(Submitted by U.S. Coast Guard) U.S. Coast Guard Ensign Sara Ione Pisarski, daughter of Kristina Olinger, Bowling Green, graduated from The United States Merchant Marine Academy, Kings Point, New York on June 17, commissioned as an officer in the U.S. Coast Guard and a licensed Third Mate in the U.S. Merchant Marine. Ensign Pisarski successfully completed four years of intensive academic, physical and professional training, resulting in a Bachelor of Science Degree with a major in Maritime Logistics and Security. As a graduate of the Merchant Marine Academy, Ensign Pisarski completed 332.5 days at sea during sea year visiting 25 countries and 5 continents while completing 20 sea projects, an internship at the U.S. Department of State, 3 years of class work resulting in 170 credits, and passing 7 U.S. Coast Guard Third Mate License Exams in 4 days. During her time at The United States Merchant Marine Academy, Ensign Pisarski was a member of the Regimental Band, Acta Non Verba Club, Christian Fellowship Club, Midshipmen Tutor Program, Coast Guard Club and Manage of the Women’s Basketball team. During her First Class year, Ensign Pisarski served as the Executive Officer of the Coast Guard Club. Within the Regiment First Class year, she served a First Rotation Regimental Academic Officer and Second Rotation Regimental Training Officer. Ensign Pisarski is a recipient of the Academic Center for Excellence (ACE) Service Above Self Award, the New York Council of the Navy League Award, and the Crowley Maritime Security Enhancement Award. Following graduation, Ensign Pisarski will begin her active duty commitment with training in New London, CT. She will then proceed to Saint Petersburg,…


Newly sealed Slippery Elm Trail now less slippery

By JAN LARSON McLAUGHLIN BG Independent News   The Slippery Elm Trail is now a little less slippery. The 13-mile rails to trail that stretches from Bowling Green to North Baltimore has been paved with a new surface product called Onyx. The sealant promises to last longer, seal faster and be less slippery. “I’ve had nothing but great comments on the Onyx,” Jeff Baney, assistant director of the Wood County Park District, said last week during a meeting of the district board. “Everybody loves it.” Some of those comments came during the board meeting by park board commissioner Christine Seiler, who had just used the trail that morning. “The traction was wonderful,” even with all the rain the area had the previous day. However, Seiler said there appeared to be some areas of the trail where the old pavement seemed to be showing through. Baney said he would check on that. The Wood County Park District Board paid $119,552 to seal the trail, including striping of the trail at intersections along the route. According to Ned Fairbanks, the park district maintenance specialist, the product has a proven record of creating a stronger surface that will last longer. The sealing product also remains black since it does not fade in the sun like other sealants used in the past. That will help with melting the snow, since the district does not salt or plow the Slippery Elm Trail. The Onyx also has a quick setting time, meaning there was less time that the trail was closed to users, Fairbanks said at a previous meeting. “Within a matter of hours, it’s usable,”…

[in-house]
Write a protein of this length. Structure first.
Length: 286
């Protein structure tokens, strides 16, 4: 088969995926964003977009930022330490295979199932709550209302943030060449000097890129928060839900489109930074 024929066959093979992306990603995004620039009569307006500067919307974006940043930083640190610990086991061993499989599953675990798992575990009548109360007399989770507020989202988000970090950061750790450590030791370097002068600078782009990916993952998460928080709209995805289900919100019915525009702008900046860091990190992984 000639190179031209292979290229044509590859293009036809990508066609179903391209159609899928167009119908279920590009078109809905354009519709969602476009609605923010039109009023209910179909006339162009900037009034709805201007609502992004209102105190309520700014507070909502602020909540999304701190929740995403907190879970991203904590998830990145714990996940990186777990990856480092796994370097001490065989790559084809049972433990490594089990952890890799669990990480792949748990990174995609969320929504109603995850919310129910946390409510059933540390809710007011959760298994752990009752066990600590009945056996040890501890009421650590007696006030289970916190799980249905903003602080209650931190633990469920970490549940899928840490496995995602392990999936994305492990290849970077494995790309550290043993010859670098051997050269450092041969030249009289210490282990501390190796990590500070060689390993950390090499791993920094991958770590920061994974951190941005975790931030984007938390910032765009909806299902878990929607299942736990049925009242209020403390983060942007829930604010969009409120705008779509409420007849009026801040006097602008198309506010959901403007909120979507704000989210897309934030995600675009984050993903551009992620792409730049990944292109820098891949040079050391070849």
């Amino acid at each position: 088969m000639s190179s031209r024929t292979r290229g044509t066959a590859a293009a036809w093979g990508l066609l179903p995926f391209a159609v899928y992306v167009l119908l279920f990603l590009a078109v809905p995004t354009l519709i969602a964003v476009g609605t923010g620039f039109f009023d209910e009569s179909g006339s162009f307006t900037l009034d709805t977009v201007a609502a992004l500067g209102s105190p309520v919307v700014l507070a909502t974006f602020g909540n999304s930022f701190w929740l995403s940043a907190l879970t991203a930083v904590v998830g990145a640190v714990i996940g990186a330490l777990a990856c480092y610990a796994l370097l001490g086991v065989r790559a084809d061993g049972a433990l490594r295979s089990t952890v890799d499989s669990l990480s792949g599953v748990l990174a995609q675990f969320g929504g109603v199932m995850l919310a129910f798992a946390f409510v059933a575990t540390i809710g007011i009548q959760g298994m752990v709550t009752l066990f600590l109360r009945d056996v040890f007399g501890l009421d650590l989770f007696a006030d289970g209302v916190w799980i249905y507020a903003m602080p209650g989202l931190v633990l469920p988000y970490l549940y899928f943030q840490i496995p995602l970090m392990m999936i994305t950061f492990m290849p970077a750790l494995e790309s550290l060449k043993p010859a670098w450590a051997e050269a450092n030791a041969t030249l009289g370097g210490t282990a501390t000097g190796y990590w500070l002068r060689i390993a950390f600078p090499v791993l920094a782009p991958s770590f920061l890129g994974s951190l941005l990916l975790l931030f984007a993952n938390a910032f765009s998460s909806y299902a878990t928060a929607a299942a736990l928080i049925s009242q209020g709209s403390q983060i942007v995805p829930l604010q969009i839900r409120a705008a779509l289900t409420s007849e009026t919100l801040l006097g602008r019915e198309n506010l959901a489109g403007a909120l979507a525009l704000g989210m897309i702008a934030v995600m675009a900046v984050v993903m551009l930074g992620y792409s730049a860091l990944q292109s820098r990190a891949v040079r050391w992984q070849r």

Library survey to get a read on patrons’ needs

By JAN LARSON McLAUGHLIN BG Independent News   Library patrons accustomed to checking out books will soon be asked to check in their feelings about the Wood County District Public Library. How often do you visit the library? What is the library doing right? What is the library doing wrong? Do you read ebooks? Do you prefer old-fashioned paper books? A library survey will soon be conducted to determine community expectations and needs. Shannon Orr, a political science professor at Bowling Green State University, and her students will conduct the survey. Orr has done similar efforts for the city parks and recreation department, and the city schools. The surveys will be mailed in September to a random sample of voters in the library district. The survey will also be online, with the results to be kept separate from the mailed returns. Staff, boards, volunteers, patrons and the public will be asked to complete the online survey if they do not end up as part of random sample. At the same time, the library will be hosting focus groups to collect public opinions. The data gathered from the surveys and focus groups will be used to devise a strategic plan. “If we get this information, we should do something with it,” library board president Brian Paskvan stressed during a board meeting Monday. Also at Monday’s meeting, the board discussed a rebranding effort and updating the library’s logo. Options for the new logo were displayed, with the goal being a memorable image. “So when you see this, you recognize it as the library,” Paskvan said. Because of the long name of Wood…